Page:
This is apparently one of those series where you have to start with the first book. As it is, I feel like I walked into the middle of the movie, starting with this #3 book. There's just no background information offered that makes anything else make sense: who is this man with the (apparently) scarred face? We have only the barest explanation, and there's no explanation for the scars -- and he gets testy when "the girl" asks. Why would this man immediately, and without question, put his life on the line on the basis of one anonymous phone call? From someone he's never even heard of, let alone met? What's the basis of this mysterious partnership he has with another (absent) man? What do they do, and why? Okay, he's a "private investigator" -- but how many PI's would act as MacBride does, on NO information -- let alone no promise of any kind of payment?
Beyond that, this "Nathan MacBride" is a little tough to deal with. He's constantly issuing terse orders: "Don't touch me". "Don't come up behind me". "Don't talk to me." "Don't ever wake me up." And gets downright nasty if the poor kid forgets. The girl, for her part, has some oddities herself. There she is, 12 years old, has mastered all kinds of things, electronics, the solar system, cooking, guns and ammunition, etc etc. She mastered an entire series of hand signals in "less than a minute", we're told. But yet she doesn't understand the word "intangible"? That word she has to have explained to her? Doesn't make sense.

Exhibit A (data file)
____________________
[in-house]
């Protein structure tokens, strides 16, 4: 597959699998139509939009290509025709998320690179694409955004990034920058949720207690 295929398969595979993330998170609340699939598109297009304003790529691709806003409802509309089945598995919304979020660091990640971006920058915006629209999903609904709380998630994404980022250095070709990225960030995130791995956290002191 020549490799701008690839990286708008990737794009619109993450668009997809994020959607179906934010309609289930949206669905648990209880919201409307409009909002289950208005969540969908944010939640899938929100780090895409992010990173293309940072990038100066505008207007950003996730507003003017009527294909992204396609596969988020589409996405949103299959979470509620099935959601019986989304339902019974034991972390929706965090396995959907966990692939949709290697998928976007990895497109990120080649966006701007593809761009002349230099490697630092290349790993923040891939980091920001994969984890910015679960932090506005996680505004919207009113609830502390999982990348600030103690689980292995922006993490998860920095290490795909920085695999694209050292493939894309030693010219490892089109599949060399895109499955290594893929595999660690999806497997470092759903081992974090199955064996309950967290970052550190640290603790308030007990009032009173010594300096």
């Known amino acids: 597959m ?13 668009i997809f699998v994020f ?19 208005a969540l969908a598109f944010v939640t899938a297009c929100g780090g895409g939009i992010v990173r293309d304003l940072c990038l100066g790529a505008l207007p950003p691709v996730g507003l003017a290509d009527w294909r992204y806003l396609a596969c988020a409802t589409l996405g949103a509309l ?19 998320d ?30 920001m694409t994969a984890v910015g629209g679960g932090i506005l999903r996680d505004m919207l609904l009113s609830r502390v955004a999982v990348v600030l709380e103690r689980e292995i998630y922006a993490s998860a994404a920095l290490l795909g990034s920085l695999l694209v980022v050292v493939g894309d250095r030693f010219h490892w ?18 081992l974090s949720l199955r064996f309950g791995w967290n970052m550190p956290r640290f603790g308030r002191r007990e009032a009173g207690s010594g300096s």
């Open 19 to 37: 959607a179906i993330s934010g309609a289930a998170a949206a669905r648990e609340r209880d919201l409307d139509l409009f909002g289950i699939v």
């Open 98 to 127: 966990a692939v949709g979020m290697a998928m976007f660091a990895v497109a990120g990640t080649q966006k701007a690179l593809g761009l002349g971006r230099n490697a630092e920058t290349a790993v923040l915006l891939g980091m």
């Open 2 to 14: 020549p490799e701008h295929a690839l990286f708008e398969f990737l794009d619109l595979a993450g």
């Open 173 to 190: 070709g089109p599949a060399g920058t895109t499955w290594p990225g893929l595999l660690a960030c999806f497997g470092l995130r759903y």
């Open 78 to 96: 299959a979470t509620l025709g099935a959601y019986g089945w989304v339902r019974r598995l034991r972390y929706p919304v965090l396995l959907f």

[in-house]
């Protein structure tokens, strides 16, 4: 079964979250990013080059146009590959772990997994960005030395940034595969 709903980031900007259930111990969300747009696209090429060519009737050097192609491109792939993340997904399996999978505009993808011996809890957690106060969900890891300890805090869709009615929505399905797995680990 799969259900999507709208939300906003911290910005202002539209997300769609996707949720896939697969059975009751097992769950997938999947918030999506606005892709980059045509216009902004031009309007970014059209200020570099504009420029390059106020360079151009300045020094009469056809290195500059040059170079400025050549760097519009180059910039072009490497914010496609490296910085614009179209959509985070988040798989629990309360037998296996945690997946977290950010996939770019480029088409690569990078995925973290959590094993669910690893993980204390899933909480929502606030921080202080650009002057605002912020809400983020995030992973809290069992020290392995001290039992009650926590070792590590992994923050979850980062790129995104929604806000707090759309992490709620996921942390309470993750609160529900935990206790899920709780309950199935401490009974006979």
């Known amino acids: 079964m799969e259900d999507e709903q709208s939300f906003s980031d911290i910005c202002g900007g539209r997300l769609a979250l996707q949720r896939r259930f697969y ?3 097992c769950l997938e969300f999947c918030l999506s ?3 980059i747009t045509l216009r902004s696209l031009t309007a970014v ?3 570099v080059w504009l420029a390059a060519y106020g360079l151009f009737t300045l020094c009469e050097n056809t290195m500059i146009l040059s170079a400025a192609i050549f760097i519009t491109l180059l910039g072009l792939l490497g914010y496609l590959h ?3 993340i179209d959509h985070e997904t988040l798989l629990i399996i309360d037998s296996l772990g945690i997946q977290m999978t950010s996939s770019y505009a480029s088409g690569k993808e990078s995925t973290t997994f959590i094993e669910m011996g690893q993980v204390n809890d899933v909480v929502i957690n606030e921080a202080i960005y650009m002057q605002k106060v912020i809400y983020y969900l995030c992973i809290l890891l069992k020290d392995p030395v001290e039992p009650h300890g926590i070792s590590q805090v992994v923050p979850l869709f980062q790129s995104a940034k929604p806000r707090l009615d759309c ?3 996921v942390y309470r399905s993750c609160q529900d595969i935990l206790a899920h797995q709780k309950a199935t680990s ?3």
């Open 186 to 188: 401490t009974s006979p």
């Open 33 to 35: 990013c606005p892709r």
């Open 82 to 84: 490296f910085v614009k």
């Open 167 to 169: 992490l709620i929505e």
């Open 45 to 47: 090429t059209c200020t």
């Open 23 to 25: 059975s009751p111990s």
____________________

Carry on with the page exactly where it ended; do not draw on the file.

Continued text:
If you like cat-and-mouse thrillers, and don't need to know who any of the characters are, or why they're either running or being chased, this is probably a pretty good book. Lots of techno-geek stuff, lots of tense chases over hill and dale. But if you need to know a little more about who, what and why anybody is doing anything, then either skip this book, or maybe start with the first book in the series. I'm not going to pursue this series any farther, but I can understand it has an audience.
I like Jack Reacher style characters regardless of setting. Put them in outer space, in modern America, in a military setting, on an alien planet... no worries. Book has non moralistic vigilante-justice? Sign me up! (oh, I read urban fantasy, soft and hard sci-fi, trashy vampire and zombie novels too)
I'll start with the only negative: as in the previous book in this series, the author should have skipped the epilogue... it was a political/moral lecture tacked on to the end of an over-the-top action novel. I like the over-the-top action, I don't like political/moral lecturing.
The best part about this novel is that the author managed to separate the storyline from others in the genre (and the others in the series) by choosing a secondary character that stands out in violent-action novels. This didn't change the action or violence level, but it did make the storyline distinguishable - in the future I can look back and say, oh yeah, that's the one with the girl in it. Though... I don't understand the title... but I don't think that really matters.
There's no mystery here - just linear plotting: good guy kicks butt, bad guy dies. I'd skip the epilogue to avoid getting lectured, but, other than that, it's a solid 3.5 star action novel, and I would read more in the series because I like the constant forward-momentum and butt-kicking.
The narration is... satisfactory. One of the main characters is a young girl and this narrator is an older man so sometimes it felt he was working pretty hard to keep the female characters' voices distinct...